The above gives you the flavour of this cute and cuddly game. It is another good introduction to BG's, as it looks innocent enough. You're playing for points, as you complete 'tasks' (panda must eat 'y' units of bamboo, you must grow 'x' units of bamboo), so there is some rivalry, but you don't have to fight and destroy opponents. That said, there is nothing more frustrating then setting up the panda, so you can eat the variety of bamboo you need, and an opponent does exactly the same, moving the panda to the other side of the garden.

The board grows as you play, so the number of configurations is unpredictable and not necessarily in your favour. Also, it helps if you give the panda a silly, squeaky voice. For no good reason.

Rui's conclusion: Again, a good party game. As simple as Ticket to ride. A good, easy, visually cute game, both for the uninitiated, and as a relief from some hardcore killing game. 

Ticket to Ride

Lining up Europe (gettit?)

Type: Strategy
Players: 1 to 4
Time to explain to others: Under a minute
Time to play: About an hour
Difficulty: To play 1/10, Game difficulty 4/10
Portability: Board, cards and hundreds of pieces. Low.
Overall: 10/10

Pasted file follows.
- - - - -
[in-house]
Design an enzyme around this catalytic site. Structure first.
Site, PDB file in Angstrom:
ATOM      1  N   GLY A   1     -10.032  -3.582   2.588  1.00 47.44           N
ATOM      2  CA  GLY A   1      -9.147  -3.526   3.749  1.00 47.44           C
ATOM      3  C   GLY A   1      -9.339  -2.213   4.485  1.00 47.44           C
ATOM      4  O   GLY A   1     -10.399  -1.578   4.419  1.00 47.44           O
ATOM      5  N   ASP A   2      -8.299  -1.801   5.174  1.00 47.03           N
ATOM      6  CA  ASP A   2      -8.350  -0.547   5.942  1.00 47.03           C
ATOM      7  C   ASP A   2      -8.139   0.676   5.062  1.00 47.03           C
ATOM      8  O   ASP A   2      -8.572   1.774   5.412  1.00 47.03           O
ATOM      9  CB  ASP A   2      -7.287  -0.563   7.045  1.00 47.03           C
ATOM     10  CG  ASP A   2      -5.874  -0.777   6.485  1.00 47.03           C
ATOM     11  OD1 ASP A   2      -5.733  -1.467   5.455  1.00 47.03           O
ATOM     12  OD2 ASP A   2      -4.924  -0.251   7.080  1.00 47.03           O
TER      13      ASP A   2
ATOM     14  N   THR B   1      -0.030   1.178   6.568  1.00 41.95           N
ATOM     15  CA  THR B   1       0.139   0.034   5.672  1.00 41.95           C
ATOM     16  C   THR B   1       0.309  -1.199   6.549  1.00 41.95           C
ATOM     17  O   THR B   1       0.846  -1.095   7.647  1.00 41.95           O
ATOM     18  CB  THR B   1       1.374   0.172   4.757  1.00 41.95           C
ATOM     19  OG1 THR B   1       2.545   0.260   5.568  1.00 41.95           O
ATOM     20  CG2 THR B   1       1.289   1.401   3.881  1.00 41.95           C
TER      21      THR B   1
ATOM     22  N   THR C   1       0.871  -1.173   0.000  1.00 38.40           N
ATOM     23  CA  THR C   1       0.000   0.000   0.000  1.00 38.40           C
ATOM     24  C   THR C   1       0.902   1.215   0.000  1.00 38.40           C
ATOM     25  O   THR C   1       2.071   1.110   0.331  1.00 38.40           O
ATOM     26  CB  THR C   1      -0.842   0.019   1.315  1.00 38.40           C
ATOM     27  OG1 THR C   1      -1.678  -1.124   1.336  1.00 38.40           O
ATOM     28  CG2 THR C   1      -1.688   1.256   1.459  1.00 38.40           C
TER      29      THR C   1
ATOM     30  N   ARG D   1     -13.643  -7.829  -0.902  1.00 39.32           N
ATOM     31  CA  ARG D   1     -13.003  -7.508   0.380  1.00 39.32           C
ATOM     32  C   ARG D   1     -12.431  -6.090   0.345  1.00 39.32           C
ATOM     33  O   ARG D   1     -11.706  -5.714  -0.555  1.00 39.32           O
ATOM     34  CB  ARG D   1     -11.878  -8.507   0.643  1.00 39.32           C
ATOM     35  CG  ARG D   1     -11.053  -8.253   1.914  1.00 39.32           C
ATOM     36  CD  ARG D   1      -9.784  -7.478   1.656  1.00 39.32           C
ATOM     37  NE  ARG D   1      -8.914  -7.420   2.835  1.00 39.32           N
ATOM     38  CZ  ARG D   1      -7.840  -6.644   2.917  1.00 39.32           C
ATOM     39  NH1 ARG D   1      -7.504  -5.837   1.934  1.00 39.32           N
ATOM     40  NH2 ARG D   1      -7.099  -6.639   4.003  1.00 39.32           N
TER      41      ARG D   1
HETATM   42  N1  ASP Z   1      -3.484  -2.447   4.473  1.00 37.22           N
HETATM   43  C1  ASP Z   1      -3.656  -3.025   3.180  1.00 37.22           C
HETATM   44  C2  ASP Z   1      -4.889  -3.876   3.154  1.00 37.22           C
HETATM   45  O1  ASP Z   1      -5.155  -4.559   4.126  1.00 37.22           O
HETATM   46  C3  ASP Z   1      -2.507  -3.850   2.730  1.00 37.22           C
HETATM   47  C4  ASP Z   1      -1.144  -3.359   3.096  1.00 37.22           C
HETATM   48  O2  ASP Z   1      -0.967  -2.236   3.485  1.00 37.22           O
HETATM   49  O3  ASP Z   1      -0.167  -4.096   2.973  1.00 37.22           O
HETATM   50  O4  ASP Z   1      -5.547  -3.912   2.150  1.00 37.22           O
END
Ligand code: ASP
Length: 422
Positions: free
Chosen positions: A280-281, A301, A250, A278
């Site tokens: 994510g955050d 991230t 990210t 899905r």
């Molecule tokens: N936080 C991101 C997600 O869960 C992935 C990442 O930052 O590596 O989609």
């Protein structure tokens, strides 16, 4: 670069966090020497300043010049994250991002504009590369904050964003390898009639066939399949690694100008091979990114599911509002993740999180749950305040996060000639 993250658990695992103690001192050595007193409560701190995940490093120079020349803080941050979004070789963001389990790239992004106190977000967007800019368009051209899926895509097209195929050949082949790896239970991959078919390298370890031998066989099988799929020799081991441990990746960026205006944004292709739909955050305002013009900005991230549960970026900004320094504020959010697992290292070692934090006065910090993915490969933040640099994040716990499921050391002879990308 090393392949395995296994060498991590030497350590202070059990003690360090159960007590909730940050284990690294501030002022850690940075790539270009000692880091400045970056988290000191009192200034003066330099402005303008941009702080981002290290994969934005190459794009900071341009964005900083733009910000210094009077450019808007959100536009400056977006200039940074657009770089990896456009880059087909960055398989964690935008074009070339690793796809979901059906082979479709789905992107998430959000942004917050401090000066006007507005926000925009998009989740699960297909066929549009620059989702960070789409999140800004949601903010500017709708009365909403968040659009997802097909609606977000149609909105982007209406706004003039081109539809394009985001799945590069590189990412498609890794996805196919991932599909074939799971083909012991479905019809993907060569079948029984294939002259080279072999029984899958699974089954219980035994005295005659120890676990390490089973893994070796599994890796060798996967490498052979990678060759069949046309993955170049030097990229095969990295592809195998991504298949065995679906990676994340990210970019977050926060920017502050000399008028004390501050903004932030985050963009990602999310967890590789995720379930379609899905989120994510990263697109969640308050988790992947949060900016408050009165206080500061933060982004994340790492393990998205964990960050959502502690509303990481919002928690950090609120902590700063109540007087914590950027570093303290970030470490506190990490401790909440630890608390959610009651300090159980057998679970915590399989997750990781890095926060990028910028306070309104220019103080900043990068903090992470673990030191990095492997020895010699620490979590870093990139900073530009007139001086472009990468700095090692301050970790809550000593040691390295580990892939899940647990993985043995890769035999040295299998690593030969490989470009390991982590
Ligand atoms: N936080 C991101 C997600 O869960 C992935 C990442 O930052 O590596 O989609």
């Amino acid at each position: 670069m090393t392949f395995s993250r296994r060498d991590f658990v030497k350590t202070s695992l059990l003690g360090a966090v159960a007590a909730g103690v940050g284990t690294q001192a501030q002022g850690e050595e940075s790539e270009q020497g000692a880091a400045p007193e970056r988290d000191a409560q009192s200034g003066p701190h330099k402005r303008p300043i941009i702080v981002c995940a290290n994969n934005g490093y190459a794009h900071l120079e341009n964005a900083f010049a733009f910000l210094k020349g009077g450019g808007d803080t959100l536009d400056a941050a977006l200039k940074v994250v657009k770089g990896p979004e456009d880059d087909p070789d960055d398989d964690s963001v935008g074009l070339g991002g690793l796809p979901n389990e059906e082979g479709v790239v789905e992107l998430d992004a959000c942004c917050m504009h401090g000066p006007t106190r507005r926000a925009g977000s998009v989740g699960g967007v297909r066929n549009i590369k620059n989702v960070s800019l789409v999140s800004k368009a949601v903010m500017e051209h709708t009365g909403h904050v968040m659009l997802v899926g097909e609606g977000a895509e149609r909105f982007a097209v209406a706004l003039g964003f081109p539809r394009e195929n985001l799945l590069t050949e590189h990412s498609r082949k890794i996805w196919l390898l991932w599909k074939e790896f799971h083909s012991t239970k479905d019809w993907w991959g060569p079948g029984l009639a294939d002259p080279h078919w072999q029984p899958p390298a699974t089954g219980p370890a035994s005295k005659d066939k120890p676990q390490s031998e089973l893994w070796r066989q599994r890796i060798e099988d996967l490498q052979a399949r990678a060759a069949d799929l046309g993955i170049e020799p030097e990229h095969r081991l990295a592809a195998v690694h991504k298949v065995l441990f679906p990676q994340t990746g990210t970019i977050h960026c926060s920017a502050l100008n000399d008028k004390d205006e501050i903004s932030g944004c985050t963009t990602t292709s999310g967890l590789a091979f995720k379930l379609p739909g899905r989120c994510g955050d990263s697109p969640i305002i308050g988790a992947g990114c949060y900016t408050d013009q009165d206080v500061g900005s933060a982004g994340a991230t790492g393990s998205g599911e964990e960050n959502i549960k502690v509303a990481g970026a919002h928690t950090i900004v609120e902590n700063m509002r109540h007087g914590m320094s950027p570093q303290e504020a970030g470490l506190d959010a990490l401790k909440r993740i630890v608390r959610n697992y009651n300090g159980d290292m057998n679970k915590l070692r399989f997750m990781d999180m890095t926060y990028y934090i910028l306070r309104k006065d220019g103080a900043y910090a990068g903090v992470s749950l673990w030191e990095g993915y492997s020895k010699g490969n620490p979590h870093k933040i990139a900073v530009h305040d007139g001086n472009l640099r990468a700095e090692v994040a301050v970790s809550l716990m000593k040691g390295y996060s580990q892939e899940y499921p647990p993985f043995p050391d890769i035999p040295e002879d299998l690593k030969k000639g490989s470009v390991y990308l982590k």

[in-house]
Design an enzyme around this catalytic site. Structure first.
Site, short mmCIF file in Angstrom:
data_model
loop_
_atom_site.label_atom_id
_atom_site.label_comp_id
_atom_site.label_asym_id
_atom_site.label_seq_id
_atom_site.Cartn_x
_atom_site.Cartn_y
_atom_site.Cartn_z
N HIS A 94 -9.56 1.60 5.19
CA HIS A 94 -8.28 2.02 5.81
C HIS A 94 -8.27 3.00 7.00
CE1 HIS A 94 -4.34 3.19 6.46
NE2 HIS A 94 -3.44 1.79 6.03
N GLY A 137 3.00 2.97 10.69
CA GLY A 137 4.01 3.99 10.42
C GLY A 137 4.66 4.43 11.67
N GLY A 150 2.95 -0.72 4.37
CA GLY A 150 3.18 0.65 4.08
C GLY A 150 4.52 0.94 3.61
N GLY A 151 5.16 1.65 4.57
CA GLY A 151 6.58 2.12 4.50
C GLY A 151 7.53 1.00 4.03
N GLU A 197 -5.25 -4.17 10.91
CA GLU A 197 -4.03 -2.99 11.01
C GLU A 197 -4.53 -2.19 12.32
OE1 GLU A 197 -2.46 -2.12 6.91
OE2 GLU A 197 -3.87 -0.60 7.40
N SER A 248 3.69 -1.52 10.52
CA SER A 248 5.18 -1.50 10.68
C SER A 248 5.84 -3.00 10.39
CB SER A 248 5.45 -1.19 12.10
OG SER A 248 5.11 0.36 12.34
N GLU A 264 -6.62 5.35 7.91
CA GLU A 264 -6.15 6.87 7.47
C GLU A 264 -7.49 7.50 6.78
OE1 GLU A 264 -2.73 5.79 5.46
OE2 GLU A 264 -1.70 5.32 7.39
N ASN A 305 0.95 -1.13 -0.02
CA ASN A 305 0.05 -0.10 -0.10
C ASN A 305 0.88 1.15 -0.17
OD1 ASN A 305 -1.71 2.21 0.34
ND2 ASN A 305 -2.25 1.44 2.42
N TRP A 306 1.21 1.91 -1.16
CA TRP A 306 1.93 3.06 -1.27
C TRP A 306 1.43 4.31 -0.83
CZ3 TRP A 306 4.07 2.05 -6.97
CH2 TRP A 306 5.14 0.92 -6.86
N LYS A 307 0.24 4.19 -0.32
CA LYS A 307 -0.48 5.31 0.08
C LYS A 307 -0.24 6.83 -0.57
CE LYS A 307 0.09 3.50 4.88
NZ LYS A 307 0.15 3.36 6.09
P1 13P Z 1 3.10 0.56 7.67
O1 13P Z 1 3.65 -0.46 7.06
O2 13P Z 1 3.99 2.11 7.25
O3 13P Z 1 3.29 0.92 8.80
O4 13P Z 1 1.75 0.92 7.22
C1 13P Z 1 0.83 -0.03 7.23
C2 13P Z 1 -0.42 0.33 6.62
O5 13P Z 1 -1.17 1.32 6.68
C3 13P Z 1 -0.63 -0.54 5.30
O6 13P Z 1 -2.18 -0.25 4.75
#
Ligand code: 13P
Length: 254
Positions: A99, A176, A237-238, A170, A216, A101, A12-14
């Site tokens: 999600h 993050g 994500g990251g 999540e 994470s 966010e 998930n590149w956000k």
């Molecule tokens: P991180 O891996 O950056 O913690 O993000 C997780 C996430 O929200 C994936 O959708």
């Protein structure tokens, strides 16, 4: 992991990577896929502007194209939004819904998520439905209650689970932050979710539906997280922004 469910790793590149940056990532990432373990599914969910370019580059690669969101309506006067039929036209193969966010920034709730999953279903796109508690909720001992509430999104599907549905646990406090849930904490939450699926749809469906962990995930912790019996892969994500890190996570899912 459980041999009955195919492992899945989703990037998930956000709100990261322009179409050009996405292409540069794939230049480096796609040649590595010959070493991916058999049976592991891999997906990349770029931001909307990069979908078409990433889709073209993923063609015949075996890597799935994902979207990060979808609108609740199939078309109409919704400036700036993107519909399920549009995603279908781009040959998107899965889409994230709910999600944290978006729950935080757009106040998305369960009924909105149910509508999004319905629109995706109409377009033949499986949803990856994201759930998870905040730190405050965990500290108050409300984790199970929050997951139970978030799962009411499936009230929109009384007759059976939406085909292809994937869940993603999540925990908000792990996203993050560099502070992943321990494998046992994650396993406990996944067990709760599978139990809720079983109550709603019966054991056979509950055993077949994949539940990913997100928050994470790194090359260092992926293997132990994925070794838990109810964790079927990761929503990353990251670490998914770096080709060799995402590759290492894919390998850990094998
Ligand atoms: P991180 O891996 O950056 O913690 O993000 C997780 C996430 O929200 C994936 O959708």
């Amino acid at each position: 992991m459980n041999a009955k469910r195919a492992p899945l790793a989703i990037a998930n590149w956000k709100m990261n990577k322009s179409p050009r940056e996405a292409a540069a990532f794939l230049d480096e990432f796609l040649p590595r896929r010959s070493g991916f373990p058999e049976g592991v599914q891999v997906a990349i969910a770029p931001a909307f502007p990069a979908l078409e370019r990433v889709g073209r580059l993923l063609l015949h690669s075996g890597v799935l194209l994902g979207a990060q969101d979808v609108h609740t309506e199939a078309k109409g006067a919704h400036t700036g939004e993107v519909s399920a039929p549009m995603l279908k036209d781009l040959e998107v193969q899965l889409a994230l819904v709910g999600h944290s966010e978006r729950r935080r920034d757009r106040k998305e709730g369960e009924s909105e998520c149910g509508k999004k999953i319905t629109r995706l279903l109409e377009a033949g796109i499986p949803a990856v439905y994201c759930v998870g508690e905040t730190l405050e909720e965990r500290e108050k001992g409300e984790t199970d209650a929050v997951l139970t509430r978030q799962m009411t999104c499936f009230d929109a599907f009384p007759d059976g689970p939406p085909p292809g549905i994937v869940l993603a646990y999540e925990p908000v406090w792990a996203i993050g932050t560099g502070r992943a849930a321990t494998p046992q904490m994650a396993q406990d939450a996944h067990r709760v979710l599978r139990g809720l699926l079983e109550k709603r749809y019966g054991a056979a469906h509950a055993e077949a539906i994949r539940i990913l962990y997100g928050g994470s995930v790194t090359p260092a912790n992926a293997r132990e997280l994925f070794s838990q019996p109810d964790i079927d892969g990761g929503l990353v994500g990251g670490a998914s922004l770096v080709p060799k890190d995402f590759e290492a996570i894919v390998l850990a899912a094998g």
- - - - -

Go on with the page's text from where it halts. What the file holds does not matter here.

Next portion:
Ticket to Ride is a spiritual son (or daughter) of Catan. Simple to the point of idiocy but with layers upon layers of strategy. Here is a game with the (unofficial) tagline of: It takes longer to set up the board (2 minutes) than it takes to explain the rules. And it is true.

You play railroad magnates, building trainlines across the globe (about 10 maps are available, US, Europe, India, Africa, etc). You get cards, the cards have colours, combination coloured cards (5 blue, 6 pink, etc) allow you to build segments of railroad between major cities. You get 'ticket' cards that will tell you what lines you need to build, and in a nod to Catan, you get extra points for the longest line.

That's it. 
That's the game.

And herein lies the fun. If you need to build through a town an opponent is also building through, you might scupper his/her plans. The line you had the cards for in now taken by a rival company. Your London to Brighton line now goes through Edinburgh. Lovely. It plays fast and sometimes dirty. And you are at the very mercy of the cards.

Rui's conclusion: A great party game, perhaps the greatest for the non-initiated into board games. Fun, engaging and fast. A must in all BG cabinets!